After the Soviet collapse in 1991, the border with Lithuania became an international one, but travel rules remained relatively lax and Belarusian villagers were able to cross over to the Lithuanian side on religious holidays.
Then, in 2004, Lithuania joined the EU and NATO, and required visiting Belarusians to have visas, since it had become part of the EU's border-free zone.
Many Belarusians would like to travel West, but the European Union says it will ease travel restrictions only after Lukashenko frees political prisoners and holds free elections.
Yanina Yanovich, 61, says she shouts across the border to communicate with her nephew, Stanislav, who lives in the first house on the Lithuanian side.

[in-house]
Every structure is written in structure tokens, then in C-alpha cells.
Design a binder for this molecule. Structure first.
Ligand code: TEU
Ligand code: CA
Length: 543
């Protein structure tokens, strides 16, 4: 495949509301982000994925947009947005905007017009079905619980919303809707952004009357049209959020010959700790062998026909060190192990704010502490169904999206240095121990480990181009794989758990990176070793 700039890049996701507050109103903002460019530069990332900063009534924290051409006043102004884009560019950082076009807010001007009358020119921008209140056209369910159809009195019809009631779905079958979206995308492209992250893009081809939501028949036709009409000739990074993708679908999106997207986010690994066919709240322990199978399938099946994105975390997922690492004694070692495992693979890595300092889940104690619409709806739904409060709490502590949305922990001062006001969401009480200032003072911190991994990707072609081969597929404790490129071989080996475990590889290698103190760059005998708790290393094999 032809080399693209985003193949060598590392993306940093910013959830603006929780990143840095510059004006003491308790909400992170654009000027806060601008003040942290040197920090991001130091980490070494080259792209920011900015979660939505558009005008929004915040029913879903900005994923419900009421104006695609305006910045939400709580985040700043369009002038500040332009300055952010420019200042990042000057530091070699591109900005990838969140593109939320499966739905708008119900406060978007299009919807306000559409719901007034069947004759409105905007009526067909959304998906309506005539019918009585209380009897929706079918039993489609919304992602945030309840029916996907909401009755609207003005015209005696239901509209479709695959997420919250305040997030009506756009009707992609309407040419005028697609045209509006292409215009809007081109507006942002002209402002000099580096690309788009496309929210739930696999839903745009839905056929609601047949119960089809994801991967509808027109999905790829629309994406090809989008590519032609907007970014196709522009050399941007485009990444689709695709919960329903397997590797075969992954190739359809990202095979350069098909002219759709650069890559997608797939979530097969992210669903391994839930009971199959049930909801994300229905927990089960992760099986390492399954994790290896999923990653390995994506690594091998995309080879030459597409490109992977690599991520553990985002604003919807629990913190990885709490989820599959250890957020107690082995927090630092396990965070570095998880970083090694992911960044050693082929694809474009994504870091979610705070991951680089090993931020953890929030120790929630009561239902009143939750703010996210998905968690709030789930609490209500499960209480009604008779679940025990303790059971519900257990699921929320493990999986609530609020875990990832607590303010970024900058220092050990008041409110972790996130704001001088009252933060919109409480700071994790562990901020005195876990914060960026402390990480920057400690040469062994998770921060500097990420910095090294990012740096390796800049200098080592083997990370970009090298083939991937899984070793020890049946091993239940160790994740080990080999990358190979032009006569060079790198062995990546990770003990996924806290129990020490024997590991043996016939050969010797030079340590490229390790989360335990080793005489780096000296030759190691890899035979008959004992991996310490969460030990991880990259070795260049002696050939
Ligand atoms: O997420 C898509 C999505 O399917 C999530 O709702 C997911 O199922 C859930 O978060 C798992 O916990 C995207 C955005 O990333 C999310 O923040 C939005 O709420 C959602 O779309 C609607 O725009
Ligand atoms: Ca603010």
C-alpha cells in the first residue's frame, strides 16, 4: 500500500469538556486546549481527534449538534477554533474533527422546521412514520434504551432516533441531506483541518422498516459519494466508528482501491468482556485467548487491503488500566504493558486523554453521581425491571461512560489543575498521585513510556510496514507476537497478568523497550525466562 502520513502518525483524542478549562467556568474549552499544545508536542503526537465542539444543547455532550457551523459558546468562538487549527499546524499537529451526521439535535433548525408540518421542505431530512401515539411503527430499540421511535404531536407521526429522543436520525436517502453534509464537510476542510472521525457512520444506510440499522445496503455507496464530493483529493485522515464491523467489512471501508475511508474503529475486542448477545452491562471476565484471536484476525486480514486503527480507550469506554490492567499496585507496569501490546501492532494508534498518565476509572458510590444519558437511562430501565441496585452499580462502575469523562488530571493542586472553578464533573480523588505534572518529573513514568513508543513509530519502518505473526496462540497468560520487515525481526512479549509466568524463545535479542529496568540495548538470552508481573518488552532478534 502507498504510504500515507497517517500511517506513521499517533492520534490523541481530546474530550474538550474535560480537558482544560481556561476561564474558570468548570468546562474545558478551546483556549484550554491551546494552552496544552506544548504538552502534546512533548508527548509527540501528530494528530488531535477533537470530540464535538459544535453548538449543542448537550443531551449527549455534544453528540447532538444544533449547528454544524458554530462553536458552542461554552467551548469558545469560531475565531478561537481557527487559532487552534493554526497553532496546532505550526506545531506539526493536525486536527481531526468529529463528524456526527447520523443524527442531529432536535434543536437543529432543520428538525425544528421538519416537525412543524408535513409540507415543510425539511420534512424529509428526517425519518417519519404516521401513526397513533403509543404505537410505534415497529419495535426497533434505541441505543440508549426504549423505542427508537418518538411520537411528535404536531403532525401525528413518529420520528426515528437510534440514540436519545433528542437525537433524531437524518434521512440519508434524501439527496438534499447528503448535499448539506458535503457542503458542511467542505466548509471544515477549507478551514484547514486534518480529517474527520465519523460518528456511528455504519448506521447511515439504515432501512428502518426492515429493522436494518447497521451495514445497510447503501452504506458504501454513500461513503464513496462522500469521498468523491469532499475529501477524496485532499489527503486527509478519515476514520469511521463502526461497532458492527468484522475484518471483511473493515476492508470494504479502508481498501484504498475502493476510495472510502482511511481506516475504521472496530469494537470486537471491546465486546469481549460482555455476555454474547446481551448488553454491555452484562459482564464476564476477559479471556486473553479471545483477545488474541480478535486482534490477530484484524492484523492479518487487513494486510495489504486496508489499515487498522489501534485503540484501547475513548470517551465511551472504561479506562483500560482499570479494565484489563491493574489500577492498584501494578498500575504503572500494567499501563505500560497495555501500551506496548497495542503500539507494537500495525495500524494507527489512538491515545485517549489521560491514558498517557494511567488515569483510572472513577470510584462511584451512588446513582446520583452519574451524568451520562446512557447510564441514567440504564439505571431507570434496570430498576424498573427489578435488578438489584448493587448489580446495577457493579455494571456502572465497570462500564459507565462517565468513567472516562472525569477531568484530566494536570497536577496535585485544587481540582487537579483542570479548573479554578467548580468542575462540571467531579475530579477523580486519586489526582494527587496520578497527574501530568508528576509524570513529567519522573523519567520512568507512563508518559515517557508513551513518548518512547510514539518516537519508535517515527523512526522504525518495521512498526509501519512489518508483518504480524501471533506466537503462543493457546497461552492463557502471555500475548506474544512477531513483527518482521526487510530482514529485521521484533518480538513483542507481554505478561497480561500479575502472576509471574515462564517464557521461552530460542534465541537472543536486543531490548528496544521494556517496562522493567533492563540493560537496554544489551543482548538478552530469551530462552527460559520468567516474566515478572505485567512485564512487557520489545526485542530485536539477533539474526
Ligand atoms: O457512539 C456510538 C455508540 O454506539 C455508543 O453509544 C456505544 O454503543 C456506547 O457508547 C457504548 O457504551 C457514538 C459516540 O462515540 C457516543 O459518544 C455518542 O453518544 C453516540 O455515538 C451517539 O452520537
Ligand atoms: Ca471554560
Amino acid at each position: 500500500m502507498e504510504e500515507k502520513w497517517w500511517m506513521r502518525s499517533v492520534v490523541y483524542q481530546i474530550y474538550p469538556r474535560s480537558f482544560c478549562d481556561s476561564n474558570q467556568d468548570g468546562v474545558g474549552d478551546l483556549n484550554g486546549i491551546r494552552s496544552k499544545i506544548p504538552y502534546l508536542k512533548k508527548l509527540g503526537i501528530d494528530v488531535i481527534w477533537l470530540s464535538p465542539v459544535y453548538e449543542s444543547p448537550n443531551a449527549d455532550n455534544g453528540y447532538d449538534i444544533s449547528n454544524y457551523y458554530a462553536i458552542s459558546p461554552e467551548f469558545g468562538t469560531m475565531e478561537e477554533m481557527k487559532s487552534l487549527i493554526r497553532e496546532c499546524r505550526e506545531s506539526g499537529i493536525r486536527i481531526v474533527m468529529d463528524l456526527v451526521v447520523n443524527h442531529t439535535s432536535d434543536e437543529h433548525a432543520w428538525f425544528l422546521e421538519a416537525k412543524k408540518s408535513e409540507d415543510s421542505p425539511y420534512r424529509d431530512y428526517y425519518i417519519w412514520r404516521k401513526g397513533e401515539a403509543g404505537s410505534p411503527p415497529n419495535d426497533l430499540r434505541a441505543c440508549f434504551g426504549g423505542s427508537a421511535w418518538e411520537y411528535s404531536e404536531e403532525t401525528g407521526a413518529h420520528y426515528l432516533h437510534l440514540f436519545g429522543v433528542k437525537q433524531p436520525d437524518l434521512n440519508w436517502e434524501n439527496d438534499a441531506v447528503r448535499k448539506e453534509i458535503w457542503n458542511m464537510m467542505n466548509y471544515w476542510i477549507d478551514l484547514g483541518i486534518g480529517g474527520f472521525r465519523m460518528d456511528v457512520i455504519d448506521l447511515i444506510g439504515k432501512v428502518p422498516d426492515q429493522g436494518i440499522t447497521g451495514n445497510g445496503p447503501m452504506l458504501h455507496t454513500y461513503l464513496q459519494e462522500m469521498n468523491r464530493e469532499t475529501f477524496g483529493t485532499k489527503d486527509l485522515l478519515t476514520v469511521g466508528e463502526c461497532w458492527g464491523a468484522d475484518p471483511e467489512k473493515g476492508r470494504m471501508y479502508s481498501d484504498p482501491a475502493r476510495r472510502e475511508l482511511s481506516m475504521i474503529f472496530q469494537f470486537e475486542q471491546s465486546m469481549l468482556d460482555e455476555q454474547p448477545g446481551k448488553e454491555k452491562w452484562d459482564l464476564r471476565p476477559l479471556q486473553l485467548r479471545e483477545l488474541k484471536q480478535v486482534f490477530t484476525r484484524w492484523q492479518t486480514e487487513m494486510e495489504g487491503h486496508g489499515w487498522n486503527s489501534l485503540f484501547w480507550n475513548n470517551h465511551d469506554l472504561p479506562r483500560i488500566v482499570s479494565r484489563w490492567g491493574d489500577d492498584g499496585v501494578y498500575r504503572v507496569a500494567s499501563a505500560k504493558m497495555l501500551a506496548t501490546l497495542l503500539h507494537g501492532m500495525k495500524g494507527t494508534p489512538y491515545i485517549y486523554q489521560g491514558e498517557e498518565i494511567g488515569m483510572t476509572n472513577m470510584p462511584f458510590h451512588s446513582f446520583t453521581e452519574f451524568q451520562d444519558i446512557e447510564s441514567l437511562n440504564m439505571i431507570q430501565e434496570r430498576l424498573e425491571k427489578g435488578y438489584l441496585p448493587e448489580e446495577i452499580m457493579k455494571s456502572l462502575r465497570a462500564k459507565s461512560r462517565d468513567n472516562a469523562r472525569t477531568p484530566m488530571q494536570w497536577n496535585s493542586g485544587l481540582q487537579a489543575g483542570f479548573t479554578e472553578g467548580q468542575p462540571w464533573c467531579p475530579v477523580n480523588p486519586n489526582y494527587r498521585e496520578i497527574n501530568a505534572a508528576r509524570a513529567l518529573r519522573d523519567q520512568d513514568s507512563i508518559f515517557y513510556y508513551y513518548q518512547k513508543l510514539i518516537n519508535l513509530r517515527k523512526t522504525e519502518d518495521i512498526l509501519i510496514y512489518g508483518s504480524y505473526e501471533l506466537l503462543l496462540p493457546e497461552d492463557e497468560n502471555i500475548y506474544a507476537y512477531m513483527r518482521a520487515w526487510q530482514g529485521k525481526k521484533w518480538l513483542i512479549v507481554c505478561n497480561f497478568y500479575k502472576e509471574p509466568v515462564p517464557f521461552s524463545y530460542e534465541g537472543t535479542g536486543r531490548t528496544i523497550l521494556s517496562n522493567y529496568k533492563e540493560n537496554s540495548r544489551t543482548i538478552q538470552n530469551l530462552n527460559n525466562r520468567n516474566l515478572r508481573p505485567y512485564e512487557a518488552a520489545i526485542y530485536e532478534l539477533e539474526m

"This is one thing the government can't stop us from doing," said Yanovich, wearing old rubber boots and a darned sweater with the lettering U.S.A.
In Norviliskes, many of the 35 inhabitants have cell phones. Pyatskuny's 50 people have only the phone in the grocery.
The store's clerk, Tereza Turkevich, says she often sells food to villagers on credit. "Some survive on bread and water so they can save enough money to travel to Lithuania," she said.
Norviliskes has a recently restored a 16th century castle that draws tourists year-round, and a summer music festival that attracts thousands.
Marja Dudowicz, 68, who lives next to the castle, sells milk to tourists to supplement her monthly pension of about $275. She also receives more than double that sum from the EU for sowing wheat, rapeseed and oats on her 37 acres of land, some of which she rents out.